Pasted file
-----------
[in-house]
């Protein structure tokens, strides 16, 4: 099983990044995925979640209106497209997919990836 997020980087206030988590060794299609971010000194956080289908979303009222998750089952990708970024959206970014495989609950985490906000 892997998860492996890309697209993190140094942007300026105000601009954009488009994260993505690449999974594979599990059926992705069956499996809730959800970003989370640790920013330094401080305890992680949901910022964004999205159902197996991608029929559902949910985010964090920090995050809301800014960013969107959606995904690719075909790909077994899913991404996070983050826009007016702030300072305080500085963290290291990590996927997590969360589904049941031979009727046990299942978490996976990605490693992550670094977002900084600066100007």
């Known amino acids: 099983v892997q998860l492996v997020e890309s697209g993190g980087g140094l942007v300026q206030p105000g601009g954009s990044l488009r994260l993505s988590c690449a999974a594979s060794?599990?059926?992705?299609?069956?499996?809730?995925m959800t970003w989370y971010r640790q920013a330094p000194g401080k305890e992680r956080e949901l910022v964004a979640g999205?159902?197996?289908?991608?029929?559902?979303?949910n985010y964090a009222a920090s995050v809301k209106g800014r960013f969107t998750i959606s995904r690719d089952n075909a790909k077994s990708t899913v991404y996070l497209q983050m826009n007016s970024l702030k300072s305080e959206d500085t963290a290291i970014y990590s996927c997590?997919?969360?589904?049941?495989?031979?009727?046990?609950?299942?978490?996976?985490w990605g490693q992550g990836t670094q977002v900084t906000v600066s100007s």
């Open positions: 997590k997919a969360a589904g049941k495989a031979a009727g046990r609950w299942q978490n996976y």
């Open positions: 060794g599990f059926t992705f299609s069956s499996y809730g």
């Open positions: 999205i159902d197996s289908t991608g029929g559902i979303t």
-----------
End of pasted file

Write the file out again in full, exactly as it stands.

[in-house]
């Protein structure tokens, strides 16, 4: 099983990044995925979640209106497209997919990836 997020980087206030988590060794299609971010000194956080289908979303009222998750089952990708970024959206970014495989609950985490906000 892997998860492996890309697209993190140094942007300026105000601009954009488009994260993505690449999974594979599990059926992705069956499996809730959800970003989370640790920013330094401080305890992680949901910022964004999205159902197996991608029929559902949910985010964090920090995050809301800014960013969107959606995904690719075909790909077994899913991404996070983050826009007016702030300072305080500085963290290291990590996927997590969360589904049941031979009727046990299942978490996976990605490693992550670094977002900084600066100007």
């Known amino acids: 099983v892997q998860l492996v997020e890309s697209g993190g980087g140094l942007v300026q206030p105000g601009g954009s990044l488009r994260l993505s988590c690449a999974a594979s060794?599990?059926?992705?299609?069956?499996?809730?995925m959800t970003w989370y971010r640790q920013a330094p000194g401080k305890e992680r956080e949901l910022v964004a979640g999205?159902?197996?289908?991608?029929?559902?979303?949910n985010y964090a009222a920090s995050v809301k209106g800014r960013f969107t998750i959606s995904r690719d089952n075909a790909k077994s990708t899913v991404y996070l497209q983050m826009n007016s970024l702030k300072s305080e959206d500085t963290a290291i970014y990590s996927c997590?997919?969360?589904?049941?495989?031979?009727?046990?609950?299942?978490?996976?985490w990605g490693q992550g990836t670094q977002v900084t906000v600066s100007s």
């Open positions: 997590k997919a969360a589904g049941k495989a031979a009727g046990r609950w299942q978490n996976y």
């Open positions: 060794g599990f059926t992705f299609s069956s499996y809730g």
């Open positions: 999205i159902d197996s289908t991608g029929g559902i979303t």